Also fighting for the Confederacy were two of the Five Civilized Tribes located in Indian Territory and a new, but uncontrolled, Confederate Territory of Arizona. Efforts by certain factions in Maryland to secede were halted by federal imposition of law, while Delaware, though of divided loyalty. A Unionist government in parts of Virginia organized the new state of West Virginia. With the Emancipation Proclamation on January 1,1863, the Union made abolition of slavery a war goal, as Union forces moved southward, large numbers of plantation slaves were freed. Many joined the Union lines, enrolling in service as soldiers and laborers, the most notable advance was Shermans March to the Sea in late 1864. Much of the Confederacys infrastructure was destroyed, including telegraphs, plantations in the path of Shermans forces were severely damaged. Internal movement became increasingly difficult for Southerners, weakening the economy and these losses created an insurmountable disadvantage in men and finance.
Public support for Confederate President Jefferson Daviss administration eroded over time due to repeated military reverses, economic hardships, after four years of campaigning, Richmond was captured by Union forces in April 1865. Shortly afterward, Confederate General Robert E. Lee surrendered to Union General Ulysses S. Grant, President Davis was captured on May 10,1865, and jailed in preparation for a treason trial that was ultimately never held. The U. S. government began a process known as Reconstruction which attempted to resolve the political and constitutional issues of the Civil War. By 1877, the Compromise of 1877 ended Reconstruction in the former Confederate states, Confederate veterans had been temporarily disenfranchised by Reconstruction policy. The prewar South had many areas, the war left the entire region economically devastated by military action, ruined infrastructure
P. G. T. Beauregard
Beauregard was a Southern military officer, inventor, civil servant, and the first prominent general of the Confederate States Army during the American Civil War. Today he is referred to as P. G. T. Beauregard. He signed correspondence as G. T. Beauregard, trained as a civil engineer at the United States Military Academy, Beauregard served with distinction as an engineer in the Mexican–American War. He commanded the defenses of Charleston, South Carolina, at the start of the Civil War at Fort Sumter on April 12,1861, three months he won the First Battle of Bull Run near Manassas, Virginia. Beauregard commanded armies in the Western Theater, including at the Battle of Shiloh in Tennessee, and he returned to Charleston and defended it in 1863 from repeated naval and land attacks by Union forces. His influence over Confederate strategy was lessened by his professional relationships with President Jefferson Davis. In April 1865, Beauregard and his commander, General Joseph E. Johnston, convinced Davis, Johnston surrendered most of the remaining armies of the Confederacy, including Beauregard and his men, to Major General William T.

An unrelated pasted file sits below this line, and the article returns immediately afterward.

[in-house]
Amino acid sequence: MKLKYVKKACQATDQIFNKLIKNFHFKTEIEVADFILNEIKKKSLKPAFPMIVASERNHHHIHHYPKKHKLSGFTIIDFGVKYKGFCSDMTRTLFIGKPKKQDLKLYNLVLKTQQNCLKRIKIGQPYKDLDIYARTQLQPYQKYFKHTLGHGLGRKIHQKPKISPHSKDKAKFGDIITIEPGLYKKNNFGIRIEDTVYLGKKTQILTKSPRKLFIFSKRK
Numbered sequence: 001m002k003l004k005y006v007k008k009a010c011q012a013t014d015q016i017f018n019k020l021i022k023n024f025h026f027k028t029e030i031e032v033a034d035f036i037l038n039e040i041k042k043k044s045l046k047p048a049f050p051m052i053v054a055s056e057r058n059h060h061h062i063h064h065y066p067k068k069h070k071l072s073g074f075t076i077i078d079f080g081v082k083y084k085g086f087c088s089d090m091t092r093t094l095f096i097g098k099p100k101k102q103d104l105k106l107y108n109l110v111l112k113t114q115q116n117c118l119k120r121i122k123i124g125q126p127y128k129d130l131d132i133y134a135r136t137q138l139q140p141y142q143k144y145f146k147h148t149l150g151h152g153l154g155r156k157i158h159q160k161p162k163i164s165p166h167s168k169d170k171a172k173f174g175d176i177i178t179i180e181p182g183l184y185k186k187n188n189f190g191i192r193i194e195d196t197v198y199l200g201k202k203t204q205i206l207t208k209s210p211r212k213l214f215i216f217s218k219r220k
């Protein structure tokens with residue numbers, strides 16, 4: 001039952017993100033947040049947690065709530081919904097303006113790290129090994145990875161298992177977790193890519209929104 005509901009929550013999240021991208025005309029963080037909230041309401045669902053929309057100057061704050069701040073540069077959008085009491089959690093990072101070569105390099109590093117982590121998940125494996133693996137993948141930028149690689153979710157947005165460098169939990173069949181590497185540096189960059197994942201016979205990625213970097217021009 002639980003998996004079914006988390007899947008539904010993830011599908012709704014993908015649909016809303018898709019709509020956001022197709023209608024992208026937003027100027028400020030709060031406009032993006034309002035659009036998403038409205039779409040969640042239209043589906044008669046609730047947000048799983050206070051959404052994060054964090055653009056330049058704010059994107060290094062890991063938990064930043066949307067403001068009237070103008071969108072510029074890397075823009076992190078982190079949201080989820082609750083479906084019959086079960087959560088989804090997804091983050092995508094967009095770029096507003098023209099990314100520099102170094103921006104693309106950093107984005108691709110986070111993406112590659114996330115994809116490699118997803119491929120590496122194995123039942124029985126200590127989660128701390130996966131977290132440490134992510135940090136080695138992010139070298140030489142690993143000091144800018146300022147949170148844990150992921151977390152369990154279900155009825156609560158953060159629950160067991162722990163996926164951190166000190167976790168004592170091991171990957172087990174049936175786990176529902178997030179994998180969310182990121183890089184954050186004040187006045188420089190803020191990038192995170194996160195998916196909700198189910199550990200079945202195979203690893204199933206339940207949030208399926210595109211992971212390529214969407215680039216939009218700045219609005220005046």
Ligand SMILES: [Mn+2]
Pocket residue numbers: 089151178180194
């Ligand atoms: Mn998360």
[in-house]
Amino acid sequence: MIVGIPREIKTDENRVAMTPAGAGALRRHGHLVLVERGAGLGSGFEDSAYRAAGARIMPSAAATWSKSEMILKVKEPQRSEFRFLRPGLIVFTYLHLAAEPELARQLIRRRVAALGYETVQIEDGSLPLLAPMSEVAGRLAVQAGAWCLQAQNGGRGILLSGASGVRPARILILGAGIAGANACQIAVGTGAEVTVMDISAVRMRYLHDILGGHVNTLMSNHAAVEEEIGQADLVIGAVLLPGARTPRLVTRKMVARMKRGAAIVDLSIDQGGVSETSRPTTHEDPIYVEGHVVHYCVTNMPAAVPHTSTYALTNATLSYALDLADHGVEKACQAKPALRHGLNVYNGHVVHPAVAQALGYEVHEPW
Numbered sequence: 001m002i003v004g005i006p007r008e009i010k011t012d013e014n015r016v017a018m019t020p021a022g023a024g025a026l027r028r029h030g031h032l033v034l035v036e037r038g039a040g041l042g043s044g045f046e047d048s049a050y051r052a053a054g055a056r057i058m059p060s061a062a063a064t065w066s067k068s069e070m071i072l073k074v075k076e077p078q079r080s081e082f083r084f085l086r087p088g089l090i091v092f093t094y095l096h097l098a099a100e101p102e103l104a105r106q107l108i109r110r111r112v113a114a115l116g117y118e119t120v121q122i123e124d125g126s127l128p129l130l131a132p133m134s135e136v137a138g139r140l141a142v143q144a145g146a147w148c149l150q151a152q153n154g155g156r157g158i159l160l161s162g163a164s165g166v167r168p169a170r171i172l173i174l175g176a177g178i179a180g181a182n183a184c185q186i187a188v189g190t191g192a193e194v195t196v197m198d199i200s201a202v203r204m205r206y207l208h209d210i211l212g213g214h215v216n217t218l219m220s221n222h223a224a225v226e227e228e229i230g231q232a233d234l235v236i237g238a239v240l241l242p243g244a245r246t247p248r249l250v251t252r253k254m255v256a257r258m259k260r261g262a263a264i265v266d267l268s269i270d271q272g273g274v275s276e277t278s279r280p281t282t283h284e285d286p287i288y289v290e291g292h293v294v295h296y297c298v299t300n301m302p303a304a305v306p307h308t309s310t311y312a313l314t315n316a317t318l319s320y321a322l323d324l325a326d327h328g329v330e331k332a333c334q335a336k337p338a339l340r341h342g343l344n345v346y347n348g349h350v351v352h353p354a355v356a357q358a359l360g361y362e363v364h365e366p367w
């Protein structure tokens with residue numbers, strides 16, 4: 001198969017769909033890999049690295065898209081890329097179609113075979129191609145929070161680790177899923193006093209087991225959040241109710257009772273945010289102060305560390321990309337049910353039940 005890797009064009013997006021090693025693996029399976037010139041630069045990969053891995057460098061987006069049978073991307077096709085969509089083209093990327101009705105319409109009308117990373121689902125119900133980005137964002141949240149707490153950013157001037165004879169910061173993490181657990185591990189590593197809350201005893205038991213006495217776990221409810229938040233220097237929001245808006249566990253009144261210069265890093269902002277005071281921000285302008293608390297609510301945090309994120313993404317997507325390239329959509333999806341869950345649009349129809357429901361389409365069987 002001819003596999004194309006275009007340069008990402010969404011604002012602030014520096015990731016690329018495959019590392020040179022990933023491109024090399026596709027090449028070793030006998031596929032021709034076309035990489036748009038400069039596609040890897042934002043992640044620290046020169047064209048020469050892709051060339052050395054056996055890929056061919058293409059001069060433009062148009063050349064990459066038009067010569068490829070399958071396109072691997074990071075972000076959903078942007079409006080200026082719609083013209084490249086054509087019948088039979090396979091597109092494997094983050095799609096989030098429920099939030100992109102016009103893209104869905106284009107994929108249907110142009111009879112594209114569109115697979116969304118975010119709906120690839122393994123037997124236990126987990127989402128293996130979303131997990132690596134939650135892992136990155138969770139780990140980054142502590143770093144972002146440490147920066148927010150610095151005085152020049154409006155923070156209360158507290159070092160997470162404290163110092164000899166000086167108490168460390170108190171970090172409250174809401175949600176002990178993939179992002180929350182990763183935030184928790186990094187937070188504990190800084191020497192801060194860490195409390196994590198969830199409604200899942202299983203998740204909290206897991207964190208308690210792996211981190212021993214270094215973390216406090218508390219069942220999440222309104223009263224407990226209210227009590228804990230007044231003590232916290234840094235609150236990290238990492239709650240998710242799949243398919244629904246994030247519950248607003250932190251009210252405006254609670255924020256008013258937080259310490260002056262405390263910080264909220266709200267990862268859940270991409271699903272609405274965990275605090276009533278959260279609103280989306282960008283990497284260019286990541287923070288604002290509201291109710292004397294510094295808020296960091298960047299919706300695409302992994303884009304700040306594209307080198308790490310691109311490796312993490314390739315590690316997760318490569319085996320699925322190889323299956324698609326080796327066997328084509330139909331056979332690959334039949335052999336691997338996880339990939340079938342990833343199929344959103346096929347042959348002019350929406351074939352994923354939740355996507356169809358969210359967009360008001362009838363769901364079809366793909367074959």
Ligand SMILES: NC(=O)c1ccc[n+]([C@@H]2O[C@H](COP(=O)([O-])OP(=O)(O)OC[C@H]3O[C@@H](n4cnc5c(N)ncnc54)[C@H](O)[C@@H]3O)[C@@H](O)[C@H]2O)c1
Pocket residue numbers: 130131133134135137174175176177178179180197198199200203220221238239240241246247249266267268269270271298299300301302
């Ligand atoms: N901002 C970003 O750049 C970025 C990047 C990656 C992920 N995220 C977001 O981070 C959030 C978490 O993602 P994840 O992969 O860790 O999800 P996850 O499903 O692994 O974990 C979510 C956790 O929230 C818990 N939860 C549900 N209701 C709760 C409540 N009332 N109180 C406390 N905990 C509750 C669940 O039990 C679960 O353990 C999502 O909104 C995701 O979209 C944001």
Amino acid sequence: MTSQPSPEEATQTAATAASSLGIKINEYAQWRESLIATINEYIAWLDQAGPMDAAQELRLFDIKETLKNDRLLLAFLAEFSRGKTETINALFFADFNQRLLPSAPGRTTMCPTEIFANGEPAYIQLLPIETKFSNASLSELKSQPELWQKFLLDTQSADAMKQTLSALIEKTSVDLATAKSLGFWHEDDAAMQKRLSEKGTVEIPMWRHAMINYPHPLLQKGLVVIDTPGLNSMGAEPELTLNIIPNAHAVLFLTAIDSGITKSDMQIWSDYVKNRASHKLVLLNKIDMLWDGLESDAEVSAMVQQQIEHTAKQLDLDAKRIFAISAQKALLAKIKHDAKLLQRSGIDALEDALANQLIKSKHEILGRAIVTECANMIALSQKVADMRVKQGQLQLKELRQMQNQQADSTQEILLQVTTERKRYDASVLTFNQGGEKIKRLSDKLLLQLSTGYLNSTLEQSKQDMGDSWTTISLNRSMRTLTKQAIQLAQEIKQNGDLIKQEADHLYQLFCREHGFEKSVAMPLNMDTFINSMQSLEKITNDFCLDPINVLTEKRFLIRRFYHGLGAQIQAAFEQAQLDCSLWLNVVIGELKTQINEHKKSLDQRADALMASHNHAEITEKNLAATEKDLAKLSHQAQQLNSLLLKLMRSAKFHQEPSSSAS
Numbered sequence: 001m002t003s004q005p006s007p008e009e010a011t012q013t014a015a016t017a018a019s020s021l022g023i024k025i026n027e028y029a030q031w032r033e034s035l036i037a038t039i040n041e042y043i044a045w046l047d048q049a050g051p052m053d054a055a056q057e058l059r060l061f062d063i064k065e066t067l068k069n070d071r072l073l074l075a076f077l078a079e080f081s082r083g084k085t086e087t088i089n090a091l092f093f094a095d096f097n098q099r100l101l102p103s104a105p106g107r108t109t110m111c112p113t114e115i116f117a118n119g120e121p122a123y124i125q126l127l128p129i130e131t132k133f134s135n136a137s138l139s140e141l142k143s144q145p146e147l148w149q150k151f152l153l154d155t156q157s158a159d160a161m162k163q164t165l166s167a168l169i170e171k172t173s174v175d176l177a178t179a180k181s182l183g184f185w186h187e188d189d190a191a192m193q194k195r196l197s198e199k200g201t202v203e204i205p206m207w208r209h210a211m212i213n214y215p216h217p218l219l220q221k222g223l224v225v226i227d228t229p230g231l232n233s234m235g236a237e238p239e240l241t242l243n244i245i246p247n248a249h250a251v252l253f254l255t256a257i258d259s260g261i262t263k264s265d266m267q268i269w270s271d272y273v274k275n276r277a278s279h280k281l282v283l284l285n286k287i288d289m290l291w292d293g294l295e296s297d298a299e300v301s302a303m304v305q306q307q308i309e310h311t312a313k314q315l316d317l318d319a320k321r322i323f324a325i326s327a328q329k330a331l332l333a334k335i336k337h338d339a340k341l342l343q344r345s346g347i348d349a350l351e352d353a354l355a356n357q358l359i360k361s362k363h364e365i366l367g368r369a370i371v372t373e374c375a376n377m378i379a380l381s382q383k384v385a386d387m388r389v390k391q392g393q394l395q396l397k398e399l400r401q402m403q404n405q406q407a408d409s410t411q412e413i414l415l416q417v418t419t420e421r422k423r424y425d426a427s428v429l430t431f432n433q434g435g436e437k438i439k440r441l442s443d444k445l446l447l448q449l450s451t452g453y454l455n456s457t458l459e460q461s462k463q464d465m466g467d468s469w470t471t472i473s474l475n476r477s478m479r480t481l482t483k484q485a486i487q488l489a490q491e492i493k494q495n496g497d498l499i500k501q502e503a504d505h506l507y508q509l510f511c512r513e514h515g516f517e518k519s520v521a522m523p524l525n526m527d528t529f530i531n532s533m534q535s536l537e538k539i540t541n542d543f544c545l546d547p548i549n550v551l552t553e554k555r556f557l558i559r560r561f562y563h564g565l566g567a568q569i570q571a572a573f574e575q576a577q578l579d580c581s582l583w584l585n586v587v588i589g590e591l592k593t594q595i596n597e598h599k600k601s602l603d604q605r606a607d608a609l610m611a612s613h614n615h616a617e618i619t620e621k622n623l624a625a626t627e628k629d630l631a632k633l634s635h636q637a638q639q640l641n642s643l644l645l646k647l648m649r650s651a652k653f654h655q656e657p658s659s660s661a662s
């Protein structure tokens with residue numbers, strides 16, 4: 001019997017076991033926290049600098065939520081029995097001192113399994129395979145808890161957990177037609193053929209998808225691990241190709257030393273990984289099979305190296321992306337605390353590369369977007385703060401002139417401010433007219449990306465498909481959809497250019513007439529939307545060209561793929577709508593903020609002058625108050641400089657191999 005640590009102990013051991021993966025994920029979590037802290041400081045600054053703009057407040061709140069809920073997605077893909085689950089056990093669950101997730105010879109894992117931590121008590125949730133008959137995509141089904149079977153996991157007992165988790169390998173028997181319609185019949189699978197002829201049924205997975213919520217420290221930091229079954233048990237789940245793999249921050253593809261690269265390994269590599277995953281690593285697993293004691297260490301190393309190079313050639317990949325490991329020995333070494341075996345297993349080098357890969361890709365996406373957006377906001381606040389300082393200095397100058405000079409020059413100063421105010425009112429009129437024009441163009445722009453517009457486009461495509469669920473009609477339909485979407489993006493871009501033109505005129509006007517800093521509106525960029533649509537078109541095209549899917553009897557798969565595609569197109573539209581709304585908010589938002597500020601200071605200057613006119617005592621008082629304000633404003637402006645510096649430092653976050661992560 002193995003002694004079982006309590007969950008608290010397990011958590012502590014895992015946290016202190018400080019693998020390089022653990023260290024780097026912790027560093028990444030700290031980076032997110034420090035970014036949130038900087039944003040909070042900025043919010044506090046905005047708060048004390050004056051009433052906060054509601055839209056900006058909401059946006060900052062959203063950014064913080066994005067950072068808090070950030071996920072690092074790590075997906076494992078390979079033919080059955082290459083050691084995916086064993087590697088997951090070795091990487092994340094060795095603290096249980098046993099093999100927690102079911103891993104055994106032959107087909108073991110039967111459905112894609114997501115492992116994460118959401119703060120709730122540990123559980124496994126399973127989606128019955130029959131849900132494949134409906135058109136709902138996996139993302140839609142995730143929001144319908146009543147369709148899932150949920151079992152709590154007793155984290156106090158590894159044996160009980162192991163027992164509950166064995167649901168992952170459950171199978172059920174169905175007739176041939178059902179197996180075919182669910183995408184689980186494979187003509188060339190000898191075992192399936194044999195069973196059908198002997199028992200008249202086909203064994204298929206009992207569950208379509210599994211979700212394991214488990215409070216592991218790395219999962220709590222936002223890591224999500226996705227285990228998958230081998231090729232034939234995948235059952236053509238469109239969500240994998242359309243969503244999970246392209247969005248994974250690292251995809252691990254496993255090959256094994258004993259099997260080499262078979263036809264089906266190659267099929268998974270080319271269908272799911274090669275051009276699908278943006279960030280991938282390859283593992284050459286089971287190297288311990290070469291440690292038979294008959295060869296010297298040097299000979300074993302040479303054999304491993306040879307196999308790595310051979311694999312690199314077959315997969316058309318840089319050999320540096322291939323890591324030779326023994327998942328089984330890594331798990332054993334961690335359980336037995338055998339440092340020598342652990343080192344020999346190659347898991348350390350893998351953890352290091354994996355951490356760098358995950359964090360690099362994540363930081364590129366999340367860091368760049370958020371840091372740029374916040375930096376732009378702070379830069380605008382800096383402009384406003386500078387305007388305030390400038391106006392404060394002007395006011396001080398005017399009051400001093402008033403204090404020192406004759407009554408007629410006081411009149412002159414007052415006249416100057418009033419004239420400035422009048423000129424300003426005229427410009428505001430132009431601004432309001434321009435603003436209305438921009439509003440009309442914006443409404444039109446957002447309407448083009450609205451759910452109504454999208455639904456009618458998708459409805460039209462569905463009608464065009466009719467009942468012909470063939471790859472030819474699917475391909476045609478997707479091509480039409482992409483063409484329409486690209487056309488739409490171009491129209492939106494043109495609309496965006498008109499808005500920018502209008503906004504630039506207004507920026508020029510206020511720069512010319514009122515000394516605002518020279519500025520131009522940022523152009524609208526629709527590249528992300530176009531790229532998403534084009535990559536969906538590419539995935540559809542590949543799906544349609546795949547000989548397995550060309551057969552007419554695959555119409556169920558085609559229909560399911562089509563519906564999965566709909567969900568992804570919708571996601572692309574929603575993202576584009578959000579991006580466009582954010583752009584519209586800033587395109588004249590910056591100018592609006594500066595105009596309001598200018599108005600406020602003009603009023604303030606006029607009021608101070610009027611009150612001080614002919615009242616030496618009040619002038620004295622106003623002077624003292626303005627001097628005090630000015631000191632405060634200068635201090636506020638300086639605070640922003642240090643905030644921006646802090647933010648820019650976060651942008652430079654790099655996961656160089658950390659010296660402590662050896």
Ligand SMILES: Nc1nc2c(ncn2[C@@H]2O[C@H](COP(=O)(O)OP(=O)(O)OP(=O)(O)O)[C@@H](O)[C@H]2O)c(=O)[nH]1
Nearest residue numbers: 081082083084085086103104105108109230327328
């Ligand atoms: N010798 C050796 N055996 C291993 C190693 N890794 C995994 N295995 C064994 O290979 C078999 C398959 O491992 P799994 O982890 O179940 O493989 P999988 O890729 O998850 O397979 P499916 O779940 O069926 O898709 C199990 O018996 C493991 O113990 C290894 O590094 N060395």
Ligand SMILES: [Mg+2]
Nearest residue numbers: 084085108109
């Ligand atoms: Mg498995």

Sherman. Following his military career, Beauregard returned to Louisiana, where he served as a railroad executive, Beauregard was born at the Contreras sugar-cane plantation in St. Bernard Parish, about 20 miles outside New Orleans, to a French Creole family. He had three brothers and three sisters, Beauregard attended New Orleans private schools and went to a French school in New York City. During his four years in New York, beginning at age 12, he learned to speak English and he attended the United States Military Academy at West Point, New York. One of his instructors was Robert Anderson, who became the commander of Fort Sumter. Upon enrolling at West Point, Beauregard dropped the hyphen from his surname and treated Toutant as a middle name, from that point on, he rarely used his first name, preferring G. T. Beauregard. He graduated second in his class in 1838 and excelled both as an artilleryman and military engineer and his Army friends gave him many nicknames, Little Creole, Little Frenchman and Little Napoleon.
During the Mexican–American War, Beauregard served as an engineer under General Winfield Scott and he was appointed brevet captain for the battles of Contreras and Churubusco and major for Chapultepec, where he was wounded in the shoulder and thigh. He was noted for his eloquent performance in a meeting with Scott in which he convinced the general officers to change their plan for attacking the fortress of Chapultepec. He was one of the first officers to enter Mexico City, Beauregard returned from Mexico in 1848. For the next 12 years, he was in charge of what the Engineer Department called the Mississippi, much of his engineering work was done elsewhere, repairing old forts and building new ones on the Florida coast and in Mobile, Alabama. He improved the defenses of Forts St. Philip and Jackson on the Mississippi River below New Orleans and he worked on a board of Army and Navy engineers to improve the navigation of the shipping channels at the mouth of the Mississippi